There weren't any marching bands or ribbon cuttings or speeches to mark the occasion.
|In fact, the market's start was very modest. Mennonite farmer, Donnie Headings, had a nice display of flowers and potted plants to sell, along with some onions and broccoli he'd grown. Woodcarver and gardener Michael Quataert had some plants and art work to sell, and the Master Gardeners had a table set up to sign up new vendors they hoped were on their way.|
About 7:10 a.m., the farmer's market had its first customer -- Shaun Windsor of Salem.
"I'm trying to eat healthier and live a healthier lifestyle," Windsor said, as he bought some of Headings' onions and broccoli. "I hope this catches on. It would be good to have a structured event like this each week people could count on."
A few minutes later, a truck loaded with huge heads of lettuce and other produce pulled in. Vendor number three -- Warren Newman of Greasy Creek Farms -- immediately began setting up shop, putting beets and carrots and onions, cucumbers and tomatoes on a table.
"We began growing in the greenhouse, but the broccoli, lettuce and onions were grown outside," Newman said, a nod to the fact a mild winter has produce coming on earlier than usual.
Newman said he didn't know what to expect this first market day, but he was optimistic.
"I hope people come and it takes off," Newman said. "They have a good one (market) in Mountain Home. It does well, and this one could too when it gets established."
Salem resident Gail Plumlee was the next vendor to arrive with some herbs, greens, kale and other treats packed into her little Jeep-like vehicle.
"I'm here to meet people who are interested in growing things," Plumlee said as she sat in a chair waiting for customers to visit with. "I want people to realize that, if you nurture the earth, the earth nurtures you."
Things really got interesting when a clopping of hooves announced the Amish were coming. They set up three sales areas -- one for strawberries, one for baked goods and fried pies, and a large booth where Vernon Borntrager had more strawberries, onions, lettuce, English peas, radishes, a strange looking plant called kohlrabi and tomato plants and flowers.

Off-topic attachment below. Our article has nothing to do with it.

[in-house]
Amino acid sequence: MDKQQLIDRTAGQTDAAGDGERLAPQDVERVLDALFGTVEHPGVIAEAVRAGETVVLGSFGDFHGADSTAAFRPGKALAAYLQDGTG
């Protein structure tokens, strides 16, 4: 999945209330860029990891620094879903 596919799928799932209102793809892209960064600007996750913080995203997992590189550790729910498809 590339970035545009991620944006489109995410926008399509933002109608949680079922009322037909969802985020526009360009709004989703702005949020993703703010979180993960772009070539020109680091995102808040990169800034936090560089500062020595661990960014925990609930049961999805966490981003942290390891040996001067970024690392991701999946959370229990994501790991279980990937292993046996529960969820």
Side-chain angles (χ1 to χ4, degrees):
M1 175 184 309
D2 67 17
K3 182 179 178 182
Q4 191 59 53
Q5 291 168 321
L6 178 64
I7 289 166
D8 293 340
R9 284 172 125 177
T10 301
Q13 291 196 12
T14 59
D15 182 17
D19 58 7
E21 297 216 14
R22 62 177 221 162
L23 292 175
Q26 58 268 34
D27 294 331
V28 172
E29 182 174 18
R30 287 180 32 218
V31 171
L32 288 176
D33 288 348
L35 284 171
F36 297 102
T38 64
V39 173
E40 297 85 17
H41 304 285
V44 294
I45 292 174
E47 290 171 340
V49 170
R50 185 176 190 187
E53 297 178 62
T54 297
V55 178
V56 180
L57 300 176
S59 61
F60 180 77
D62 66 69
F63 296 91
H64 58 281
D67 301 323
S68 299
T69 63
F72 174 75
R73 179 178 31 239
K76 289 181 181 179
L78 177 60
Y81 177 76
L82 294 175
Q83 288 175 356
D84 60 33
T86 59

"I should have tomatoes next week," Borntrager announced as he set up. "I had three I probably could have picked today."
With five vendors in place, Pickren Street started looking like a real farmers market, especially when a steady stream of people started stopping by to check out the wares and mingle in the street, talking to vendors and other shoppers.
Two couples engrossed in conversation, Mike and Anita Walsh and Jim and Becci Bartz, were neighbors who rarely see each other.
Anita Walsh declared the farmer's market, "absolutely a good thing." Walsh was accustomed to a much larger market in Conway, where she used to live. "Like here, it brought people out you don't ordinarily see, and a good farmer's market has all kinds of good things to choose from."
One of the best customers of the day was Mike Yates. The Church of Christ minister, who heads the Salem Farmer's Market committee, was supposed to be monitoring the first sales day, but could be seen lugging bag after bag of produce to his vehicle.
"I love this stuff," Yates said. "You know it's fresh and you know where it came from."
As for the market itself, "This is just how I hoped it would be," Yates said. "Vendors have found their way here and people have heard about it and are showing up, so it's just kind of running itself."
The farmer's market has four banners to put up on market day, but there is no advertising budget to get the word out. Word of mouth apparently took over after several newspaper and radio reports announced the location and hours of opening day.
"I am so glad people are here," said Melba Arrington, who brought her daughter, Diane Keith, of Magnolia, Ark., to opening day. "This is something we've needed. I hope it continues to grow."
The organizing committee has identified at least 10 potential vendors, and expects the number to continue to grow -- including more arts and craftspeople.
The farmer's market will set up again on Saturday, May 19, on Pickren Street, from 7 a.m. to 1 p.m. On May 26, it will take a break to make way for Homecoming Festival activities, then resume Saturday hours through the fall.